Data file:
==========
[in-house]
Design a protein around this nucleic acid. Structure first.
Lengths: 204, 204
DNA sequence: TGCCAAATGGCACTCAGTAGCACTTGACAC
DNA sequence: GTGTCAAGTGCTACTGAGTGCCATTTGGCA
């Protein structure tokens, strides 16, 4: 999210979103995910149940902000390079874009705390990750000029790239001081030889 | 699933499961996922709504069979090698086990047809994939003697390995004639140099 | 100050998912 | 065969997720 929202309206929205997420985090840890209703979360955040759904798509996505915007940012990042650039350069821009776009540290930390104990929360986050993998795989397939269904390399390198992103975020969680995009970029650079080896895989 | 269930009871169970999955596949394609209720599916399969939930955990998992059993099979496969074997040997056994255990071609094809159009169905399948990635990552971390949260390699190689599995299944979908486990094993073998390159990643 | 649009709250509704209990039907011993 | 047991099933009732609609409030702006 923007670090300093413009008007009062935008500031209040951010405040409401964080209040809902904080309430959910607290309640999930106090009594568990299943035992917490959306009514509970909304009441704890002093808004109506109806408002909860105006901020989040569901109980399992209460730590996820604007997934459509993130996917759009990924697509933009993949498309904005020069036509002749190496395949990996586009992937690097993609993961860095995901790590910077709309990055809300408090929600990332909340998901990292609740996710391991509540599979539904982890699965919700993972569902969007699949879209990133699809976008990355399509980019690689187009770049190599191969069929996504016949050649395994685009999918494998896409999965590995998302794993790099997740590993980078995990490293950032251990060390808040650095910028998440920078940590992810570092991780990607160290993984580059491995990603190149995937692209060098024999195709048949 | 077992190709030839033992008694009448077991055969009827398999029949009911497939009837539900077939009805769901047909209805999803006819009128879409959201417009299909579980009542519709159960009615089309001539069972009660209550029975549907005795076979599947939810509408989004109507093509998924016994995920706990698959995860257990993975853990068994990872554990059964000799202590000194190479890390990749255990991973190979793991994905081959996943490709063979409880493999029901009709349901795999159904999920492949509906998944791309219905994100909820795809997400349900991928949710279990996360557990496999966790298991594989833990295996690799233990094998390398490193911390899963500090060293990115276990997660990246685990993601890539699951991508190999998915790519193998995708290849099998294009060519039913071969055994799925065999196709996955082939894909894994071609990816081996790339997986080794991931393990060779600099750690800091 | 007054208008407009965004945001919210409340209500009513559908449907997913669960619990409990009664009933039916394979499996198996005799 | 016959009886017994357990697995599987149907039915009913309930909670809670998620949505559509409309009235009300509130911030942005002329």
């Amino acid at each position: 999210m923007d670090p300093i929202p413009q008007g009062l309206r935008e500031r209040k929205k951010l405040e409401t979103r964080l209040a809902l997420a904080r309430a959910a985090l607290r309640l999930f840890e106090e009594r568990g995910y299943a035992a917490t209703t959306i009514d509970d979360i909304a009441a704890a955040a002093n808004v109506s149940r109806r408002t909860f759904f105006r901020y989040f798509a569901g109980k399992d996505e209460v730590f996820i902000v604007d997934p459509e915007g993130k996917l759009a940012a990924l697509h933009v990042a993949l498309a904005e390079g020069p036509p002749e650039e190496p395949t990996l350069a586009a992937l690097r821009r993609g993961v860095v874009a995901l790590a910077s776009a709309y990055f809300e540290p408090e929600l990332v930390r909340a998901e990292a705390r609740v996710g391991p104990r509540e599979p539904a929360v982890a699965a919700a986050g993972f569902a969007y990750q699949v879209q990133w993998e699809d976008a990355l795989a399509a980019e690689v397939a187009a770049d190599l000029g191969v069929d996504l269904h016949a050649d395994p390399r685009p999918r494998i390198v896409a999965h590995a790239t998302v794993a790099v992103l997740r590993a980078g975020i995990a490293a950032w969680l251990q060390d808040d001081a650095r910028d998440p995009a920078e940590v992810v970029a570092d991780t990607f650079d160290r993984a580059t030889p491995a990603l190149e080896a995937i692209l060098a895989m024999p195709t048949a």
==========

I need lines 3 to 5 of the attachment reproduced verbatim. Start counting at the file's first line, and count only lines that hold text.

Lengths: 204, 204
DNA sequence: TGCCAAATGGCACTCAGTAGCACTTGACAC
DNA sequence: GTGTCAAGTGCTACTGAGTGCCATTTGGCA